B-2s Are NeededEditor: I was disappointed by your Oct. 16...

LETTERS TO THE EDITOR

November 02, 1991

B-2s Are Needed

Editor: I was disappointed by your Oct. 16 editorial stating that there is no compelling rationale for continuing the B-2 bomber program. As concerned citizens, we may agree to disagree, but first let's have the facts straight.

The president, the Senate and the Department of Defense all support the B-2.

The B-2 will be vital for carrying out conventional missions against threats that may pose the gravest challenges in the years ahead. These threats will likely involve modern weaponry and come with little warning. The B-2 combines the stealth of the battle-proven F-117 with the range and payload of a heavy bomber. It is uniquely well-suited to a world where the direction of future threats will be difficult to predict.

The Air Force invested in stealth technology to give our pilots an edge by making our next generation of combat aircraft much harder to track and shoot down. The B-2's advantage is that enemy air-defense crews cannot keep the bomber on their scopes to successfully perform the intricate sequence of acquiring, tracking, firing and hitting. The B-2 was specifically designed to minimize all "signatures" -- infrared as well as radar.

When the full capabilities of the B-2 are considered, there is scant justification for touting the advantages of an infrared-search-and-track equipped fighter. At best, any fighter with known or envisaged capability will possess only a minimal and sporadic chance of successfully accomplishing each of the tasks -- acquire, track, fire, hit -- required to destroy the B-2. The B-2's combination of reduced signature, all-altitude capability and precision weapons is unprecedented.

The B-2 is the most survivable aircraft in the world -- period. With the B-2, our pilots can reach out and touch even the most heavily defended targets. Precision-guided conventional munitions delivered by the B-2 can destroy critical targets with confidence. We save time, dollars and lives. The B-2 also reduces the need for escort and support aircraft. We cannot carry out the missions as cheaply or as effectively with cruise missiles alone.

Stopping at 15 B-2s will not give us an effective force. Long flight times, routine maintenance and other factors mean that with 15 B-2s, only a few can fly each day. Such a small force would deny the nation the full potential of the B-2 and would prolong a Desert Storm-style air campaign, ultimately putting more American lives at risk. Producing 75 B-2s puts the cost of the program in line with planned reductions in the defense budget, and will ensure that we have enough B-2s to project significant force anywhere on the globe.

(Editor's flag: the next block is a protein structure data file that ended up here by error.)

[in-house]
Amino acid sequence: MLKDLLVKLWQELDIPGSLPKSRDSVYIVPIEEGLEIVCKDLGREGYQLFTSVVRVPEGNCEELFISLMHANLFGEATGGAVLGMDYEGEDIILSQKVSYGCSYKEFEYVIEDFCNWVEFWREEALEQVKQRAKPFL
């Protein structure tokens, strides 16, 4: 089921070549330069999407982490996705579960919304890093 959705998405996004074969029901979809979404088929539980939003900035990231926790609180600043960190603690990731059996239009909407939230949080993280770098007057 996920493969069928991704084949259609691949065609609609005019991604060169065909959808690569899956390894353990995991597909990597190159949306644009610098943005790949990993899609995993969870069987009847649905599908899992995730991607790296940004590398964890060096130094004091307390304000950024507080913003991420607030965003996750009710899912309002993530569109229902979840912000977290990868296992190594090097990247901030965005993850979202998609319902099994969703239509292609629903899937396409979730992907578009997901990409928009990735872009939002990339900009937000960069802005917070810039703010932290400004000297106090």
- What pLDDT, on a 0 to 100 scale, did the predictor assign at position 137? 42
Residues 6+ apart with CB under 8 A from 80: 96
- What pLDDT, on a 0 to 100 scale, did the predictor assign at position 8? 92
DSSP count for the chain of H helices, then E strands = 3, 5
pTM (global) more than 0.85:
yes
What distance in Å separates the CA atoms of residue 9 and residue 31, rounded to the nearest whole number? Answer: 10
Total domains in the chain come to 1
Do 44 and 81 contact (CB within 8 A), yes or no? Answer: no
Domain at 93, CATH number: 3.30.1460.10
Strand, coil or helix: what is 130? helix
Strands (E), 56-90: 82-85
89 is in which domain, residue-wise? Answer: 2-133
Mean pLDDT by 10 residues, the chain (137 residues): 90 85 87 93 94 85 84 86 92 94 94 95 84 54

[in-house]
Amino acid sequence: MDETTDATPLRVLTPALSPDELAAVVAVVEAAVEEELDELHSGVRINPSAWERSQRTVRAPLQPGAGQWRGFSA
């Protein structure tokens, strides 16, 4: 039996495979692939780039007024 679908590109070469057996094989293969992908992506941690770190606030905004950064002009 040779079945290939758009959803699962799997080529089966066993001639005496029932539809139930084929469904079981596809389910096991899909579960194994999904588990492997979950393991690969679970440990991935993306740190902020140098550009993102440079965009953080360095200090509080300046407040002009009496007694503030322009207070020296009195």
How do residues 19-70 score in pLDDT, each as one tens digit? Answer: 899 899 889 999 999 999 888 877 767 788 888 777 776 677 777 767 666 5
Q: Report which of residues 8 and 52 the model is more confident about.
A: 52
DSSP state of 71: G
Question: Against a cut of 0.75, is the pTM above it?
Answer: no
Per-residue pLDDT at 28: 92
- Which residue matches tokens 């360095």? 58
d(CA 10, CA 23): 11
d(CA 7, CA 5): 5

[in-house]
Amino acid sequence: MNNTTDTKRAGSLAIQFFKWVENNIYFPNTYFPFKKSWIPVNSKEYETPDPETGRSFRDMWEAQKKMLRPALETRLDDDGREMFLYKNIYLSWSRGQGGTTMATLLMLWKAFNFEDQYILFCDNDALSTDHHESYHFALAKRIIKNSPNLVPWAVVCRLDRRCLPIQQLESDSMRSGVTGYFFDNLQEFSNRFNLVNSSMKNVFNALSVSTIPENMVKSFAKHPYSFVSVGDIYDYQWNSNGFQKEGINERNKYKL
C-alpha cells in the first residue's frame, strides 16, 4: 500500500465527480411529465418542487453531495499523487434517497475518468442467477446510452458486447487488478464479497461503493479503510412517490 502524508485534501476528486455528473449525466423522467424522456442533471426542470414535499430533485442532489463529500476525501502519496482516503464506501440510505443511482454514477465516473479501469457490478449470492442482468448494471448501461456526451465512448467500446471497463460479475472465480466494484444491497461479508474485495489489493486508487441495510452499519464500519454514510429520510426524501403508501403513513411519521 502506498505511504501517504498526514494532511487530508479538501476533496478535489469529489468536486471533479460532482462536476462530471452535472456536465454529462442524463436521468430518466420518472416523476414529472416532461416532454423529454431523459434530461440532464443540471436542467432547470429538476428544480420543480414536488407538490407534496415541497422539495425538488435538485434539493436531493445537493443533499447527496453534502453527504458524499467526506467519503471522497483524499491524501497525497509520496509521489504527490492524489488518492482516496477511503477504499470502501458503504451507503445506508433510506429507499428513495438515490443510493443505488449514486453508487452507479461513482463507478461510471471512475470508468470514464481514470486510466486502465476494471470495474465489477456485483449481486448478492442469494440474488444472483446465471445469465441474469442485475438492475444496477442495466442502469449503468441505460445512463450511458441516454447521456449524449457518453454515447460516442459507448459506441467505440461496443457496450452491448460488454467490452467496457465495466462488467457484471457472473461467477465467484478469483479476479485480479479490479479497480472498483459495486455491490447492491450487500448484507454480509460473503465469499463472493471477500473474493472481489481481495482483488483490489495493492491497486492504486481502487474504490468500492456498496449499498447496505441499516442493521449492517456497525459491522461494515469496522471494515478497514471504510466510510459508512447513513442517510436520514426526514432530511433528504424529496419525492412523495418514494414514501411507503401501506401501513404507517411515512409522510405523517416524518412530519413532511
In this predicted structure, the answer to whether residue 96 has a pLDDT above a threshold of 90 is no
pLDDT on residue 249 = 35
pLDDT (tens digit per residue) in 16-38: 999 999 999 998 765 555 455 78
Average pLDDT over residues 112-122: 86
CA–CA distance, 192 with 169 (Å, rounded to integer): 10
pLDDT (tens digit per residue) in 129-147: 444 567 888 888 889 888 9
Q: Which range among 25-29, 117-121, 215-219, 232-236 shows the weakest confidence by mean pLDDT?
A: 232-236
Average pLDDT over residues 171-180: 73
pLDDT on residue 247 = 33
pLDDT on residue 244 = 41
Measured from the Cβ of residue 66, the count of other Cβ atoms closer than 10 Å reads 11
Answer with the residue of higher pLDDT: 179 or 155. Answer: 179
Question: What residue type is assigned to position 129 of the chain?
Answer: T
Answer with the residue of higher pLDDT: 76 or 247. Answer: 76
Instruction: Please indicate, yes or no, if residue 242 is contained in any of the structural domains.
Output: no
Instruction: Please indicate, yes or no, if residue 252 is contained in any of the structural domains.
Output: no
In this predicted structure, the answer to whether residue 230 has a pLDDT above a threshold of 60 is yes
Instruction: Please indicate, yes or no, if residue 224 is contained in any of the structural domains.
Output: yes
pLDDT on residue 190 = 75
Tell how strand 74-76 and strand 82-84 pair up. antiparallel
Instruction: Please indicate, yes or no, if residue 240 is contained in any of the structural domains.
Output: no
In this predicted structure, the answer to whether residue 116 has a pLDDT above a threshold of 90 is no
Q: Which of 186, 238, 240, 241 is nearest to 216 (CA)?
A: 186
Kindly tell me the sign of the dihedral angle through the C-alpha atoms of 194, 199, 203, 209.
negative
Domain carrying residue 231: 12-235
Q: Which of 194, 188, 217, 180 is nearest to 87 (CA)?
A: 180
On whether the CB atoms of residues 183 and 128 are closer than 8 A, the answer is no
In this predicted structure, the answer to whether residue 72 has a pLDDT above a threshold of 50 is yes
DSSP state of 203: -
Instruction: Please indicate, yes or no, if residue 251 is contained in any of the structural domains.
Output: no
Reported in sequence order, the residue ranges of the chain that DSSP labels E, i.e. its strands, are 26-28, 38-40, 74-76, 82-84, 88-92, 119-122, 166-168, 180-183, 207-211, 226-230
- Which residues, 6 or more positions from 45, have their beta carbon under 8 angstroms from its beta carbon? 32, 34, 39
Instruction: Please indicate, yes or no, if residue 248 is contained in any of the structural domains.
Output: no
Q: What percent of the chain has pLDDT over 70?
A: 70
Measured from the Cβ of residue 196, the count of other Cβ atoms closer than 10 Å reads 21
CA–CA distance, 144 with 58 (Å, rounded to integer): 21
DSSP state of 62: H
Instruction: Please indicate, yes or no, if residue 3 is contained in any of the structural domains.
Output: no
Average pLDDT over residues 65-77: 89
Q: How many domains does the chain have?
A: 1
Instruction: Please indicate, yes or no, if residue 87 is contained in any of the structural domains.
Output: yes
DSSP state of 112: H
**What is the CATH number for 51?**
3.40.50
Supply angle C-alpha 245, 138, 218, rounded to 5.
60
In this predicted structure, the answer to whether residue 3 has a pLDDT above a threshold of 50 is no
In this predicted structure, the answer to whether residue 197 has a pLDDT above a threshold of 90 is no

Finally, the B-2 guards the bedrock requirements of nuclear deterrence. As we move toward a smaller nuclear force overall and away from the more destabilizing systems, the B-2 will provide a significant hedge against potential dangers.

# Donald B. Rice. Washington.

The writer is secretary of the Air Force. Editor: As a public school teacher, I am tired of politicians who zero in on public employees and use them as their whipping boys.

Anne Arundel County Executive Robert Neall and others in government have no qualms at all about breaking the employee contracts, which have the force of law. Then these same people want to keep providing athletics and other activities which are required or mandated by law. Ethical? No. If students want to participate in sports, there are already tax-supported parks and recreation programs available.

Public employees are targeted because politicians see them as a quick-fix solution to a difficult problem. Legally, public employees are virtually helpless in fighting government. Public employee cutbacks easily generate tax savings. They also enable Mr. Neall and others like him to avoid the truly hard choices like explaining to parents and students why the schools can no longer afford the extra-curricular programs created during the better fiscal climate of the past.

Why not provide students with the ultimate economics lesson? Let them experience what everyone else has in these hard times. Maybe they will also learn another lesson -- in concern and caring about their society by sharing in part of its pain.

Ethical? You bet!

' Anthony F. Sarcone. Bel Air.

Moral Sickness

Editor: David Duke for governor of Louisiana.

The Clarence and Anita side show.

If America's current spiritual, mental, moral, political and economic sickness offered us any indication of the new world order toward which we are moving, then let us all pray that from the depths of failure and chaos there might spring forth excellence and a unity of purpose which might save us all from such soulwrenching realities as those dominating our current state of affairs.

( Jeffrey Cairo Smith. Baltimore.

Name-Calling

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